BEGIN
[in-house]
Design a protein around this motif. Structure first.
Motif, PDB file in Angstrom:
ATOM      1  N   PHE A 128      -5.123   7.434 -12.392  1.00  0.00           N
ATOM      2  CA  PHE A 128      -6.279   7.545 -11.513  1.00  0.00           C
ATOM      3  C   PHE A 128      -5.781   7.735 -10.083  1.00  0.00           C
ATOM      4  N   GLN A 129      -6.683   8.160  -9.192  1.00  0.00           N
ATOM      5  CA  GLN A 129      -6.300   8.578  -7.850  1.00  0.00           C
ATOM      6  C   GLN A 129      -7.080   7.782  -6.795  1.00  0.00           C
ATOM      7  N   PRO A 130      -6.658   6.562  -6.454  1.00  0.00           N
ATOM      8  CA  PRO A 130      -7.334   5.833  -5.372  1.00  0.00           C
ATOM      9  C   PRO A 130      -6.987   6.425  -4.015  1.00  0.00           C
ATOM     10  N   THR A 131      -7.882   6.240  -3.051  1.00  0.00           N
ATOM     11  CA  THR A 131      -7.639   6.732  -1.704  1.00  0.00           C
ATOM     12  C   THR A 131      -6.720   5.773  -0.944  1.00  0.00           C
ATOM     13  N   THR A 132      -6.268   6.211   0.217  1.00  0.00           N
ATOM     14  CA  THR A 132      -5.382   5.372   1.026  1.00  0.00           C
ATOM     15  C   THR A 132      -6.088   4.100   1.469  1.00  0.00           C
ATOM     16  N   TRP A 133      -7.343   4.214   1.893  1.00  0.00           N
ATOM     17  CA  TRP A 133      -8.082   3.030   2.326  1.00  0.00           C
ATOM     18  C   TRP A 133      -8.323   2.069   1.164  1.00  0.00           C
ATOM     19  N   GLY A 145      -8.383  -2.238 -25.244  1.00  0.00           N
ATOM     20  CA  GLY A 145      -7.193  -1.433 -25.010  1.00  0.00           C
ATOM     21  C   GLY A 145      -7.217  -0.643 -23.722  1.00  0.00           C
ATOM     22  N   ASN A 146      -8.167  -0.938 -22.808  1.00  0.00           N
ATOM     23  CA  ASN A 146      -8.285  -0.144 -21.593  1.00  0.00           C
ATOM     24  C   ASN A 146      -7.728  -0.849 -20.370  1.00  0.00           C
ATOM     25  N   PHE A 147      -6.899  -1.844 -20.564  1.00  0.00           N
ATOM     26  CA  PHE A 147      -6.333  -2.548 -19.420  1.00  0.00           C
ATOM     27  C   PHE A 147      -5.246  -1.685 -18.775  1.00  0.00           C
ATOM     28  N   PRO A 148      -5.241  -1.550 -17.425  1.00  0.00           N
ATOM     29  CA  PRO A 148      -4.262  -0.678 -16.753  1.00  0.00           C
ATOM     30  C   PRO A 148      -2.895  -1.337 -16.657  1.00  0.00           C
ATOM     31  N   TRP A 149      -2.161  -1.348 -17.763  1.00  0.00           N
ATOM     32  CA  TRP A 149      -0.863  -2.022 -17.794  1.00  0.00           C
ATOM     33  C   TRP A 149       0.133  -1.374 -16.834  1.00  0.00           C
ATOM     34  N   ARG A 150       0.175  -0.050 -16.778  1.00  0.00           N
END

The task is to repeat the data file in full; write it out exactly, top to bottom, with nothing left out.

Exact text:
[in-house]
Design a protein around this motif. Structure first.
Motif, PDB file in Angstrom:
ATOM      1  N   PHE A 128      -5.123   7.434 -12.392  1.00  0.00           N
ATOM      2  CA  PHE A 128      -6.279   7.545 -11.513  1.00  0.00           C
ATOM      3  C   PHE A 128      -5.781   7.735 -10.083  1.00  0.00           C
ATOM      4  N   GLN A 129      -6.683   8.160  -9.192  1.00  0.00           N
ATOM      5  CA  GLN A 129      -6.300   8.578  -7.850  1.00  0.00           C
ATOM      6  C   GLN A 129      -7.080   7.782  -6.795  1.00  0.00           C
ATOM      7  N   PRO A 130      -6.658   6.562  -6.454  1.00  0.00           N
ATOM      8  CA  PRO A 130      -7.334   5.833  -5.372  1.00  0.00           C
ATOM      9  C   PRO A 130      -6.987   6.425  -4.015  1.00  0.00           C
ATOM     10  N   THR A 131      -7.882   6.240  -3.051  1.00  0.00           N
ATOM     11  CA  THR A 131      -7.639   6.732  -1.704  1.00  0.00           C
ATOM     12  C   THR A 131      -6.720   5.773  -0.944  1.00  0.00           C
ATOM     13  N   THR A 132      -6.268   6.211   0.217  1.00  0.00           N
ATOM     14  CA  THR A 132      -5.382   5.372   1.026  1.00  0.00           C
ATOM     15  C   THR A 132      -6.088   4.100   1.469  1.00  0.00           C
ATOM     16  N   TRP A 133      -7.343   4.214   1.893  1.00  0.00           N
ATOM     17  CA  TRP A 133      -8.082   3.030   2.326  1.00  0.00           C
ATOM     18  C   TRP A 133      -8.323   2.069   1.164  1.00  0.00           C
ATOM     19  N   GLY A 145      -8.383  -2.238 -25.244  1.00  0.00           N
ATOM     20  CA  GLY A 145      -7.193  -1.433 -25.010  1.00  0.00           C
ATOM     21  C   GLY A 145      -7.217  -0.643 -23.722  1.00  0.00           C
ATOM     22  N   ASN A 146      -8.167  -0.938 -22.808  1.00  0.00           N
ATOM     23  CA  ASN A 146      -8.285  -0.144 -21.593  1.00  0.00           C
ATOM     24  C   ASN A 146      -7.728  -0.849 -20.370  1.00  0.00           C
ATOM     25  N   PHE A 147      -6.899  -1.844 -20.564  1.00  0.00           N
ATOM     26  CA  PHE A 147      -6.333  -2.548 -19.420  1.00  0.00           C
ATOM     27  C   PHE A 147      -5.246  -1.685 -18.775  1.00  0.00           C
ATOM     28  N   PRO A 148      -5.241  -1.550 -17.425  1.00  0.00           N
ATOM     29  CA  PRO A 148      -4.262  -0.678 -16.753  1.00  0.00           C
ATOM     30  C   PRO A 148      -2.895  -1.337 -16.657  1.00  0.00           C
ATOM     31  N   TRP A 149      -2.161  -1.348 -17.763  1.00  0.00           N
ATOM     32  CA  TRP A 149      -0.863  -2.022 -17.794  1.00  0.00           C
ATOM     33  C   TRP A 149       0.133  -1.374 -16.834  1.00  0.00           C
ATOM     34  N   ARG A 150       0.175  -0.050 -16.778  1.00  0.00           N